Rippers are often used for ripping hard ground, rock, shale, and clay. Any ground condition where digging bucket penetration is difficult, or impossible. There are generally two types of rippers:
  1. A standard, or static unit
  2. A vibrating unit, such as the hugely popular, and high performing Xcentric Ripper units.
Boss Rippers

Boss Rippers

A single-shank attachment for ripping operations or prying rocks. Optimum balance and positioning. Check out our HD range, built specifically for the mining sector.

Excavator rippers are designed to penetrate the ground surface, then “rip” (dislodge) rocks & other debris, de-layering the ground surface, and breaking it up, to allow access to the material below. It is not designed as a substitute for a digging bucket, of course. Rather supplementary to them, allowing digging buckets to work much more efficiently, once “ripping” has been completed.

Rippers are most useful in material that is already fractured, columned, or layered, making utilising these natural faults in the ground to break up material for removal post-ripping, by a standard, excavator digging bucket.

Rippers are also invaluable when dealing with any “floating” rocks, stumps, etc. With much greater strength than that of a standard, or even HD digging bucket, a ripper can often dislodge the impediments, without the damage a bucket may have sustained.

Xcentric Ripper at work attached to an excavator

The shape of the ripper and materials it’s made of, are the most important part of a static ripper. Seems obvious, however more engineering goes into this than most people would appreciate. The shape and materials here dictate the performance and longevity of the unit. Long story short, when comparing static rippers, always keep in mind that not all units are alike, with “cheap” units often showing where money was saved sooner, rather than later.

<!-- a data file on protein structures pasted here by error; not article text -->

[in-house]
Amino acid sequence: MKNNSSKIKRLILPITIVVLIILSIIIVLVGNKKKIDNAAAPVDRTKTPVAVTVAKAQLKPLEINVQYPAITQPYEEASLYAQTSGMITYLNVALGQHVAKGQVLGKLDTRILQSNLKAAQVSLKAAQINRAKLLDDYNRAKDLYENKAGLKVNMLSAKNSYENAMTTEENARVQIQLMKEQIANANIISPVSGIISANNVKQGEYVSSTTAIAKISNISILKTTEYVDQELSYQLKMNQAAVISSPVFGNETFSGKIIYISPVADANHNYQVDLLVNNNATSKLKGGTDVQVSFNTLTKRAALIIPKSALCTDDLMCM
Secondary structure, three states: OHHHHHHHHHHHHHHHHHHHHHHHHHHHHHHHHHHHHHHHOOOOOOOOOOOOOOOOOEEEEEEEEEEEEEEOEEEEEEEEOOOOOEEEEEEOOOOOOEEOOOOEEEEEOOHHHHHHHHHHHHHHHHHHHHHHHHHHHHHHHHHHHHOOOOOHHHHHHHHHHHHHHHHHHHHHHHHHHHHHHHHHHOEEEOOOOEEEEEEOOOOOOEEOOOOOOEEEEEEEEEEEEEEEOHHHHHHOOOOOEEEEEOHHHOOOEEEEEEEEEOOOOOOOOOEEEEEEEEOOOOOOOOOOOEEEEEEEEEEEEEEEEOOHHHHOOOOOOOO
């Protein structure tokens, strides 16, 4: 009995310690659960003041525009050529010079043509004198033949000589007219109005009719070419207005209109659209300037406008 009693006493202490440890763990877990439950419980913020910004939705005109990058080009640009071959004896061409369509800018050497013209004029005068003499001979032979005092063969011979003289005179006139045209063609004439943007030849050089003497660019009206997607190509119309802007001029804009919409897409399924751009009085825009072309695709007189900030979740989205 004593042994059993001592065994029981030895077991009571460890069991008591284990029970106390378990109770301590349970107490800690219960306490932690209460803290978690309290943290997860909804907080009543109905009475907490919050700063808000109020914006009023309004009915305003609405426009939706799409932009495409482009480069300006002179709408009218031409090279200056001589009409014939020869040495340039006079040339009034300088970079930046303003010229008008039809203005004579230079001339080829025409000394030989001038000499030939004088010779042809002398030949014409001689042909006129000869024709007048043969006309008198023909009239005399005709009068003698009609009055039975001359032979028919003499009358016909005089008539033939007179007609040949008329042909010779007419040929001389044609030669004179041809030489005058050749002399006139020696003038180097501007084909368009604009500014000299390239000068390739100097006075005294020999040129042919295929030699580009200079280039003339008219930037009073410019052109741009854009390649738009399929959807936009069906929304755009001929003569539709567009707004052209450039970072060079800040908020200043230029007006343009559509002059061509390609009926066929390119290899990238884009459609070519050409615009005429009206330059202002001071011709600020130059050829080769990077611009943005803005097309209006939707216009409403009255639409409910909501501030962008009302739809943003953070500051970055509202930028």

Turn to an Xcentric Ripper, and you have engineering and manufacturing processes, that rival those used to build aircraft! These units are designed to work all day, every day, even underwater. As such, it’s imperative that they are designed and built to the strictest tolerances. Ironically, these same units require minimal maintenance, ensuring reliability and service life that is often a shock to those unfamiliar with their technology. Basically, build them as well as possible, so they can work as hard as possible, with as little downtime as possible. See the below video for a brief insight into this process.

As mentioned above, there are two main popular types of rippers:

  1. A standard, or static ripper. These units have been fitted to excavators and other earthmoving equipment for decades and remain relatively unchanged in their basic design. Made of specialised hardened steel, they are strong, last almost indefinitely (if used and maintained correctly) and are an essential piece of any excavator’s arsenal.
  2. Xcentric Rippers. Theses hydraulic powered rippers utilise an eccentric, vibrating motion (not unlike some rock crushers), to essentially drive the unit into the ground, allowing it to reach greater depth, and pull through material, much faster than a static unit. Almost like a combination of a static ripper and hydraulic hammer. This in-turn allows these units to move, depending on unit size, up to and even exceeding 250m3/hr, making them virtually untouchable when doing mass excavations, in many types of material.

For more information on the style of ripper best suited to your application, contact our friendly team today.